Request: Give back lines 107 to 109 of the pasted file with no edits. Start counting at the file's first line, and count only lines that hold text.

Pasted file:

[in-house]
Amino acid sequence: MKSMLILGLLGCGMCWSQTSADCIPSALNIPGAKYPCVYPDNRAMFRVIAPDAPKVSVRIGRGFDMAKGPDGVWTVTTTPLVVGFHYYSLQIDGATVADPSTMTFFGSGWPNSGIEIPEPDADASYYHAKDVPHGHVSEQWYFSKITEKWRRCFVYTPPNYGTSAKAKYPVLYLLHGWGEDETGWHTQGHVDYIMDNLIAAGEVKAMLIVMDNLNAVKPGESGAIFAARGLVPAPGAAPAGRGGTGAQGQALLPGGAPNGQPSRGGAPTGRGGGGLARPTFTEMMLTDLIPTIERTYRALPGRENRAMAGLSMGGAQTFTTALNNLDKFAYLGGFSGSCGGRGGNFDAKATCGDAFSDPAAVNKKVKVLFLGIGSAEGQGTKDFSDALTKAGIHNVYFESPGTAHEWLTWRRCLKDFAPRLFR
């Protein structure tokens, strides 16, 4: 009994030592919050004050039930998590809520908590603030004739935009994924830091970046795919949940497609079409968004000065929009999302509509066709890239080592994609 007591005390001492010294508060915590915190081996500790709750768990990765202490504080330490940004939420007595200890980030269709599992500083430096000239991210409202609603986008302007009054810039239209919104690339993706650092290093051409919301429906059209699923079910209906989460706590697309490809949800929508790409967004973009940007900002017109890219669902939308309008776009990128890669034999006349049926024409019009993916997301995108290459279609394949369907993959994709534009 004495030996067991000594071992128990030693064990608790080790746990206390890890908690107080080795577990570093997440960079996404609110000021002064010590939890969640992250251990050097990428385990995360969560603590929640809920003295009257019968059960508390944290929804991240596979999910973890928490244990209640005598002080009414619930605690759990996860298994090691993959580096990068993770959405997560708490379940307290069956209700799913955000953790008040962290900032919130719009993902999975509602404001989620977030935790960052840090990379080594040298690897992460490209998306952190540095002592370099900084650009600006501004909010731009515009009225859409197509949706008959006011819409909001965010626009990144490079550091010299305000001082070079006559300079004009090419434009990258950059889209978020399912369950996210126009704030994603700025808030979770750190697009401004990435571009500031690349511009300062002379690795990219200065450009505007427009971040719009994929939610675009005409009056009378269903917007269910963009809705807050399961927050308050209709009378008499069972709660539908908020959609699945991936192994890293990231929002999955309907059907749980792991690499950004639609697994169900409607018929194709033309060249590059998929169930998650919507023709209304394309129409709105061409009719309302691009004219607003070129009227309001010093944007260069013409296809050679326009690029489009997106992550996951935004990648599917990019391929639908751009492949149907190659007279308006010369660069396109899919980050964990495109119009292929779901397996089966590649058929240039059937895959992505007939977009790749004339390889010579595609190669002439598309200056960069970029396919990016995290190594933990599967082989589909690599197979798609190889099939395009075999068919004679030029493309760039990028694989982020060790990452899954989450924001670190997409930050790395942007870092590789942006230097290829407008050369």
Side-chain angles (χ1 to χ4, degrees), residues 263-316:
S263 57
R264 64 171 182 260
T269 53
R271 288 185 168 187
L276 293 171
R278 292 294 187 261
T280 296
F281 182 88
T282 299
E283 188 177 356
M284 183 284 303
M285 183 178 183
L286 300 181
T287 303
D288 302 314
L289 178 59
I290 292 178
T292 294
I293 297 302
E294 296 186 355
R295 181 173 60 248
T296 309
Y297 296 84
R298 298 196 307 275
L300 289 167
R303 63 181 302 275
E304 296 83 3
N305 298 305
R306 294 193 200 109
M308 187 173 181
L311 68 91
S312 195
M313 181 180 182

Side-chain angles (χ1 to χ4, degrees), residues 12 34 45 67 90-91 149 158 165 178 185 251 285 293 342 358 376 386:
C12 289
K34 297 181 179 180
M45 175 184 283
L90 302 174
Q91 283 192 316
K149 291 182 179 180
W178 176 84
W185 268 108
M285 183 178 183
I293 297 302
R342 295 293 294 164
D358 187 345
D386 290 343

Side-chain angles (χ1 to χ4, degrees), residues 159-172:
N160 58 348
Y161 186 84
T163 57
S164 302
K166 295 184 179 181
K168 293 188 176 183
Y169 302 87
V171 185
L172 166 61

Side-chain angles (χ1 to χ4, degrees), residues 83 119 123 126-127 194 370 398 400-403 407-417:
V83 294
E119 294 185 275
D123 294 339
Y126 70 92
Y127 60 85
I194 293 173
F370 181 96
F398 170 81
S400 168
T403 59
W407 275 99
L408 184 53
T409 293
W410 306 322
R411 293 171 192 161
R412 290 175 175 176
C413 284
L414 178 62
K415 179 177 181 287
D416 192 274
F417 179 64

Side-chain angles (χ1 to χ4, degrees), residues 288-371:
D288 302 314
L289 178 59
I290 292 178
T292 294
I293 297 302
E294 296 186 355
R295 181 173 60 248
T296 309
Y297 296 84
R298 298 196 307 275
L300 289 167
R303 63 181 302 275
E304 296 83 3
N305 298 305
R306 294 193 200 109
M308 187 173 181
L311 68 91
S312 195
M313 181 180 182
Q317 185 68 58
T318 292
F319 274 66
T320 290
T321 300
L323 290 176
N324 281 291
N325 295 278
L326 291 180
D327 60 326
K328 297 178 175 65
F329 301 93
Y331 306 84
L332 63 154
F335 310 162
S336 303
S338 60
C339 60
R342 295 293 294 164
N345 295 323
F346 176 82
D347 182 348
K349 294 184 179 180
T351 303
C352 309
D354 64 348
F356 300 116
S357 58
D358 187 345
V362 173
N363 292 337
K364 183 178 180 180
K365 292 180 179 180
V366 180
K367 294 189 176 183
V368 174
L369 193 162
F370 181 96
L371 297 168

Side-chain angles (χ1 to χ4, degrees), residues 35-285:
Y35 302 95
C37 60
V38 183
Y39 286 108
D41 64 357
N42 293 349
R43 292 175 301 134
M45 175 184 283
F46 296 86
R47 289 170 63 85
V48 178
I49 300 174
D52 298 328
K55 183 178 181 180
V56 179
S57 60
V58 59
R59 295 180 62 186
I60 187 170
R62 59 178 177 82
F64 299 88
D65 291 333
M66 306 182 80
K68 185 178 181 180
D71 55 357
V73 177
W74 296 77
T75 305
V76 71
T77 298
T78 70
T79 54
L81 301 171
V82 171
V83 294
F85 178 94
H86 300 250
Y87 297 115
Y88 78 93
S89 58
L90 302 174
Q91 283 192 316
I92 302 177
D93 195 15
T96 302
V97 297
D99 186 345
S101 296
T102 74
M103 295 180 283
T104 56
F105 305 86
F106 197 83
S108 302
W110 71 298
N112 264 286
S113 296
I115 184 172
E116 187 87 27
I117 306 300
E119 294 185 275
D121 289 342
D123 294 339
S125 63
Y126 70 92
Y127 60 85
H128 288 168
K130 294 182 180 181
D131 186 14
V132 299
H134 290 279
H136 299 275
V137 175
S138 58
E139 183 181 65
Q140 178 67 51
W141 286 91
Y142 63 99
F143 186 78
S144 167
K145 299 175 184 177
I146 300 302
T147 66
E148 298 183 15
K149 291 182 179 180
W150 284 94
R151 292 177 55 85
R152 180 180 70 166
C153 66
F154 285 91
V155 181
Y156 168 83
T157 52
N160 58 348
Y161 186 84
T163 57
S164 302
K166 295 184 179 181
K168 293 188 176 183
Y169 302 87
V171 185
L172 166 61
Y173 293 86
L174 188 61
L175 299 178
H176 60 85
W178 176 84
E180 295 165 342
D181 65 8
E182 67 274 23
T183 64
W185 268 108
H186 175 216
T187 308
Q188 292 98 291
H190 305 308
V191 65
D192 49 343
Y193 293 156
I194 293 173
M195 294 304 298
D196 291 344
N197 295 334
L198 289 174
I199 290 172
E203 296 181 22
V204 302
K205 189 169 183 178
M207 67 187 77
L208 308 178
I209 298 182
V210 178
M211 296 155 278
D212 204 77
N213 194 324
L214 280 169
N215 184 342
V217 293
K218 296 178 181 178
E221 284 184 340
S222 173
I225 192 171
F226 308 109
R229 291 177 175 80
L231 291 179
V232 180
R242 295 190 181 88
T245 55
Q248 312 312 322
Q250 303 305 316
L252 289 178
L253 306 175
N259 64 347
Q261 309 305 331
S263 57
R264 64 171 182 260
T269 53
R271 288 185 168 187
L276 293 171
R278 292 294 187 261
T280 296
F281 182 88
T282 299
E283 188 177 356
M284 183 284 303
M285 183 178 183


T320 290
T321 300
L323 290 176